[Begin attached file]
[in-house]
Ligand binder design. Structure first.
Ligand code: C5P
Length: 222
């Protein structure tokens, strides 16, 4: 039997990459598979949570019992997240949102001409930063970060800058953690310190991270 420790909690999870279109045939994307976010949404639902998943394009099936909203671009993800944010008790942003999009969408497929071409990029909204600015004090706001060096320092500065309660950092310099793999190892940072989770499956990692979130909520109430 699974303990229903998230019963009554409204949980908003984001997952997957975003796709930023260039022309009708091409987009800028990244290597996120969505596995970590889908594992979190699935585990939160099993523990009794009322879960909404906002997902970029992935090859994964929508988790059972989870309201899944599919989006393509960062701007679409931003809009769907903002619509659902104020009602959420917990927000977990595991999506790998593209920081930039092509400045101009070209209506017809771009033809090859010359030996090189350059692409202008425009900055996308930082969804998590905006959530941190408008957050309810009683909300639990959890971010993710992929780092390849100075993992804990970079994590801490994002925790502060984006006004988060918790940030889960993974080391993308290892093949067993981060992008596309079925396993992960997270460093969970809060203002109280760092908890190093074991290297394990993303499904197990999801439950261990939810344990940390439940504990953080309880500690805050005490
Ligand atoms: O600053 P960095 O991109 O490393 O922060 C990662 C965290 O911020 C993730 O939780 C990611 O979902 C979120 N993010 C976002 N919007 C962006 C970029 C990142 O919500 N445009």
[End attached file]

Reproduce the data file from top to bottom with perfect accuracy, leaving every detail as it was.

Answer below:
[in-house]
Ligand binder design. Structure first.
Ligand code: C5P
Length: 222
């Protein structure tokens, strides 16, 4: 039997990459598979949570019992997240949102001409930063970060800058953690310190991270 420790909690999870279109045939994307976010949404639902998943394009099936909203671009993800944010008790942003999009969408497929071409990029909204600015004090706001060096320092500065309660950092310099793999190892940072989770499956990692979130909520109430 699974303990229903998230019963009554409204949980908003984001997952997957975003796709930023260039022309009708091409987009800028990244290597996120969505596995970590889908594992979190699935585990939160099993523990009794009322879960909404906002997902970029992935090859994964929508988790059972989870309201899944599919989006393509960062701007679409931003809009769907903002619509659902104020009602959420917990927000977990595991999506790998593209920081930039092509400045101009070209209506017809771009033809090859010359030996090189350059692409202008425009900055996308930082969804998590905006959530941190408008957050309810009683909300639990959890971010993710992929780092390849100075993992804990970079994590801490994002925790502060984006006004988060918790940030889960993974080391993308290892093949067993981060992008596309079925396993992960997270460093969970809060203002109280760092908890190093074991290297394990993303499904197990999801439950261990939810344990940390439940504990953080309880500690805050005490
Ligand atoms: O600053 P960095 O991109 O490393 O922060 C990662 C965290 O911020 C993730 O939780 C990611 O979902 C979120 N993010 C976002 N919007 C962006 C970029 C990142 O919500 N445009």